Baker said students can be coming from any background at UFP or externally — whether they drive trucks, build trusses, operate a saw, or have some management experience already — and the program helps those with “grit and determination” succeed at whatever future goals they may have.

One student, Molly Johnson, is a native of Chicago who went through the program in Grand Rapids; graduated in 2019; moved to a UFP location in Saginaw, Texas; and became a sales trainee, then an inside sales coordinator, and now she is working toward becoming an account manager.

Jordan Smith, who is from the Grand Rapids area, started in the inaugural class in 2016 straight out of high school, graduated in 2018, and has lived and worked at UFP locations in Wisconsin and Oregon as a field specialist and a customer service rep and now is a product champion in Wisconsin.

A current student is enrolled in North Carolina, and in addition to her day job and her training classes, she is a competitive meat smoker on the side and recently sent Baker a photo of a prize-winning smoked pig.

Another current student, a U.S. Navy veteran who lives in Virginia, works at a recently acquired UFP location, where he is enrolled in the business school. In light of how hard it can be to transition to civilian life after a military career, he told Baker recently, “I’m not sure what would have happened if I didn’t find this company. One day, I want to make a difference to UFP.”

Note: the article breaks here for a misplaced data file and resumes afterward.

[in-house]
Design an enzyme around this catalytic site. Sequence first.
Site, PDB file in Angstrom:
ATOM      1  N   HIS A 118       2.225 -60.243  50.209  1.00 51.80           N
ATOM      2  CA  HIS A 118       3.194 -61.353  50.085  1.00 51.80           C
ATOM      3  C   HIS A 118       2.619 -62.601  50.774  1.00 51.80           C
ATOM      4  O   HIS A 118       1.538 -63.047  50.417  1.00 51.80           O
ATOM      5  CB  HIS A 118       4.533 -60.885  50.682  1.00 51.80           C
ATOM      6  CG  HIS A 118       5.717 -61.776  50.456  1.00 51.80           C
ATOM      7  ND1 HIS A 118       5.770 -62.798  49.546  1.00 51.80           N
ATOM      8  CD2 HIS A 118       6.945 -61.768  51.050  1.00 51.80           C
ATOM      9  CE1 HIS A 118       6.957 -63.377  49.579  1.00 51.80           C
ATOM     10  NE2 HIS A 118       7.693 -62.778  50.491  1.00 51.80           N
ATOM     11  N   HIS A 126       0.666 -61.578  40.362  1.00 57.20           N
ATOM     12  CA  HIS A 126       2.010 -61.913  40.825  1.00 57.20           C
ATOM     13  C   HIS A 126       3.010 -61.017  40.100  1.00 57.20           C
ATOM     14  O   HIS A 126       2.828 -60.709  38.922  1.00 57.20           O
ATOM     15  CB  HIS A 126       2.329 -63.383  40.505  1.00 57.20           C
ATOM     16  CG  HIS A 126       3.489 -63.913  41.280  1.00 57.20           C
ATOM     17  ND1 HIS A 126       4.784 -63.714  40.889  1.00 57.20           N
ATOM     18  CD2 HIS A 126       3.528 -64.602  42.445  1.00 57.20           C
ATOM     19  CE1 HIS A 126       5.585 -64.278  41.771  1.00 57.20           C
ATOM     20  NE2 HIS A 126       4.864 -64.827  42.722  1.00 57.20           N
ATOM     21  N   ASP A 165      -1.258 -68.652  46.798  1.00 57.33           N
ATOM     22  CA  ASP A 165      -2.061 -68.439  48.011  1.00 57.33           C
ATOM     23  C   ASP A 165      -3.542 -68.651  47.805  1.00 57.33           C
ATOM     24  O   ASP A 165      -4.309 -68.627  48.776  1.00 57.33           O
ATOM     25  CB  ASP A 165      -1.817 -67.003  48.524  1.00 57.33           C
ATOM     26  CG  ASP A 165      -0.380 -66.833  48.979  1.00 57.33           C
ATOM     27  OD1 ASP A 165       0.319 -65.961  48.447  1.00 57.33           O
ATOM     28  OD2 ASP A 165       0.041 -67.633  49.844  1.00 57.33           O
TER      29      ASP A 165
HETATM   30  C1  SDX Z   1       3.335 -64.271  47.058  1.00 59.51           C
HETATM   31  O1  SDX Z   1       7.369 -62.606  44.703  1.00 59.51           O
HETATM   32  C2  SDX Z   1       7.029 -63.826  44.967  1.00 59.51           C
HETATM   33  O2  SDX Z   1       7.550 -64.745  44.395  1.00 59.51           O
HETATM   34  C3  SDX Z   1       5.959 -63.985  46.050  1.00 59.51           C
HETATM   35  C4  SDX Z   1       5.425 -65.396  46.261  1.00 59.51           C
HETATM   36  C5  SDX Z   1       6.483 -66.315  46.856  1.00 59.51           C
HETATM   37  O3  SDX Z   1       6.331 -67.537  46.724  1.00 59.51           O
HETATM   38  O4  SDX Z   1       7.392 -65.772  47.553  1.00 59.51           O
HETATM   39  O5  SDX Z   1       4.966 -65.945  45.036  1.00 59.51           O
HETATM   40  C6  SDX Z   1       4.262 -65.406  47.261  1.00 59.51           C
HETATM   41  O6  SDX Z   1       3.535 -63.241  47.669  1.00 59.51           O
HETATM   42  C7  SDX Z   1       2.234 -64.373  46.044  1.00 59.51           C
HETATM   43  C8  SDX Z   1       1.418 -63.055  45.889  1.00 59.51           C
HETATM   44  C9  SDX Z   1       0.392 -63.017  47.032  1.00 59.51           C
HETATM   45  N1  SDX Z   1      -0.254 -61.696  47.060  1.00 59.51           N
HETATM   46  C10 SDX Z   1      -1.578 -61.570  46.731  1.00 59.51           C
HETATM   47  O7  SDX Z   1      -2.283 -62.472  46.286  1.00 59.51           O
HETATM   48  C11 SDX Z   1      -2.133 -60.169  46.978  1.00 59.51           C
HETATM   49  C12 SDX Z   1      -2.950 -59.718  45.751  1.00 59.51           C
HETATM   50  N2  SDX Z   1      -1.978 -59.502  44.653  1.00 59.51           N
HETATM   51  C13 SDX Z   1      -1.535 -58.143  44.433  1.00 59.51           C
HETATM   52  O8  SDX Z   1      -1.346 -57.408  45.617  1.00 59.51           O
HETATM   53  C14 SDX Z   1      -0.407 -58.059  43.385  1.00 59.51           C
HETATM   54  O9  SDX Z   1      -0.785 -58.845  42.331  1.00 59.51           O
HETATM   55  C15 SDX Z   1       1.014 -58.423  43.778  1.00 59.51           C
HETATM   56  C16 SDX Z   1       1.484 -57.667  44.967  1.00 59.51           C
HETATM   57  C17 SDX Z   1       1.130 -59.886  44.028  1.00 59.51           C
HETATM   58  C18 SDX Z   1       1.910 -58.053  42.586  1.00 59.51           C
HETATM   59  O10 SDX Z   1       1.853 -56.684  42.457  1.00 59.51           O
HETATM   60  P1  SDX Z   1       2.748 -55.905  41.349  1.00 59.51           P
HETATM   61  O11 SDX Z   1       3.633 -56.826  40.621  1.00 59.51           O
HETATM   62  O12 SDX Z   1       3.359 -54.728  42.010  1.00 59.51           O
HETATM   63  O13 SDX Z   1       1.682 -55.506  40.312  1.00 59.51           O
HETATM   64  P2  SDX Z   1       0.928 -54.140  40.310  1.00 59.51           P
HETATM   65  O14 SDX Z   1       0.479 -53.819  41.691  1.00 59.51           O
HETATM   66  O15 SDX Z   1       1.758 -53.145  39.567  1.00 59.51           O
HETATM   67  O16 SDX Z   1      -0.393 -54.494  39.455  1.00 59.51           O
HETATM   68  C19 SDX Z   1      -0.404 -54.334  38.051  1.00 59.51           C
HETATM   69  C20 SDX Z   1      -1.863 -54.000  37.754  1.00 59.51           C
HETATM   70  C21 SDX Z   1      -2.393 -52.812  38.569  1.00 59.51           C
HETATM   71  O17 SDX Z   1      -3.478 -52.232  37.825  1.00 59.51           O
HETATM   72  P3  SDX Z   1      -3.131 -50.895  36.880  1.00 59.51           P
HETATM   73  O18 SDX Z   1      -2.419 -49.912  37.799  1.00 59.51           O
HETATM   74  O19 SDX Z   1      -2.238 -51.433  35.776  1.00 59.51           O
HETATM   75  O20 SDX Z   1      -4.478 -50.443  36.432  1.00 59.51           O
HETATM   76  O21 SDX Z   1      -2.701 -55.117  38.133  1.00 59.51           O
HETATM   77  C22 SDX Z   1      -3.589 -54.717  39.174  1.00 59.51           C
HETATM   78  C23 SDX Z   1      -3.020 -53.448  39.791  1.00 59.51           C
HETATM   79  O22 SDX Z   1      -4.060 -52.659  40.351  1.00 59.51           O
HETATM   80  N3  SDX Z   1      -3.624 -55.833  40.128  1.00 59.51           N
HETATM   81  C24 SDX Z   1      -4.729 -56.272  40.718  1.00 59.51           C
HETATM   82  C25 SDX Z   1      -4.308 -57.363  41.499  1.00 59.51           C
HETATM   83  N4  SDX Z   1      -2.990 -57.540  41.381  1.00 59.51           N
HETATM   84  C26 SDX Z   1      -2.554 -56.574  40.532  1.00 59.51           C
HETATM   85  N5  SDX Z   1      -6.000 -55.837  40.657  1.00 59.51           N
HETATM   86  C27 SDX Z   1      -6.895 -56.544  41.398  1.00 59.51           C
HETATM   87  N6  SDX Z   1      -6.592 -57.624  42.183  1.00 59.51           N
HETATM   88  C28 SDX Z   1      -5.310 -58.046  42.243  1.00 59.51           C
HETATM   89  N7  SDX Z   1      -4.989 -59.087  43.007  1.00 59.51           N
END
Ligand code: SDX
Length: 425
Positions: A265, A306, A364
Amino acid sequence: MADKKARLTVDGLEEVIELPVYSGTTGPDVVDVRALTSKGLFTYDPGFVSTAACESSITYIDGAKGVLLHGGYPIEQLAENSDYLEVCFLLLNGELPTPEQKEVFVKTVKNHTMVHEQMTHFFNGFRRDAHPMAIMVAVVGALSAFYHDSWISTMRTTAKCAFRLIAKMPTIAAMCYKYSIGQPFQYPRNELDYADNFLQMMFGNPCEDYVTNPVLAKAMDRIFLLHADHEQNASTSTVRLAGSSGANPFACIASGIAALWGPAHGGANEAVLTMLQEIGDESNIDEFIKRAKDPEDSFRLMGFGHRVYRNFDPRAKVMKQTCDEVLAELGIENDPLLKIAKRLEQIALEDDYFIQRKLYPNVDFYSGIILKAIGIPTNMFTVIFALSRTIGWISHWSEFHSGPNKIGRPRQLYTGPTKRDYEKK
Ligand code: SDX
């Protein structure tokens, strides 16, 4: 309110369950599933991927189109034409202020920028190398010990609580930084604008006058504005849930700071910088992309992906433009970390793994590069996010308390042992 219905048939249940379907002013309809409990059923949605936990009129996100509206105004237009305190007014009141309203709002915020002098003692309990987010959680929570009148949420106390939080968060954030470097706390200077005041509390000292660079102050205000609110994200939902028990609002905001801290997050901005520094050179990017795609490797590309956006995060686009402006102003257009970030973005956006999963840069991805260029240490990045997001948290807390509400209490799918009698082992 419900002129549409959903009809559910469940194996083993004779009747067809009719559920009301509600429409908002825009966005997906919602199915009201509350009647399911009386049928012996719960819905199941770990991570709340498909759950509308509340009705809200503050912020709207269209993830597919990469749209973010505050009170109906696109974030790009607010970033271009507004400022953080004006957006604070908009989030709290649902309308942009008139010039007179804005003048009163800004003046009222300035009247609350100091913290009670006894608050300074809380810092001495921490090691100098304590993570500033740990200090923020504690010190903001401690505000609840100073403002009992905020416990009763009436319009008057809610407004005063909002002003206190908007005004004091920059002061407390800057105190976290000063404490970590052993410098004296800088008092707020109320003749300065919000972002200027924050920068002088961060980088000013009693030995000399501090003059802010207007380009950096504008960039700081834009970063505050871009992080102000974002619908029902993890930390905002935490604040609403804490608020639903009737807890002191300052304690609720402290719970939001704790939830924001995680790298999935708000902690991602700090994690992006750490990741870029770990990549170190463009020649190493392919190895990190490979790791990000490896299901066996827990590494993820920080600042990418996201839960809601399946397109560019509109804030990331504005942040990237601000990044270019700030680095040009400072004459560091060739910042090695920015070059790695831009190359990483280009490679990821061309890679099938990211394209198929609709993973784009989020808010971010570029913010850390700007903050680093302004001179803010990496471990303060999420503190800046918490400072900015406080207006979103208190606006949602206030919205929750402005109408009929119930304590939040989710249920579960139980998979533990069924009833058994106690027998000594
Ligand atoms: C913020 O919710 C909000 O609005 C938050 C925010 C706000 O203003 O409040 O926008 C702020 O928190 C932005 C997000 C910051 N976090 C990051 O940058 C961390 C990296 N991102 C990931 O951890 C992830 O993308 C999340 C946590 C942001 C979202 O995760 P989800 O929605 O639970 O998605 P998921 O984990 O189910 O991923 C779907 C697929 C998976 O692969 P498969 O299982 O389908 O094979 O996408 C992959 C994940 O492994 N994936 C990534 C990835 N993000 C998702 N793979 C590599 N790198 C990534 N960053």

Baker said UFP is excited to see what its business school alumni will continue to do with their education.

“Our ultimate goal is to always have our students graduate from our program armed with that education and experience that they need to move their career forward. We’re investing in people because that’s our greatest asset, is our people. And I can say that our hardworking students, we’re just really hoping that they take that education and knowledge and experience and that they’re able to really propel to the next higher level, whatever that is for them,” she said.

More information about the program is at ufpbusinessschool.com.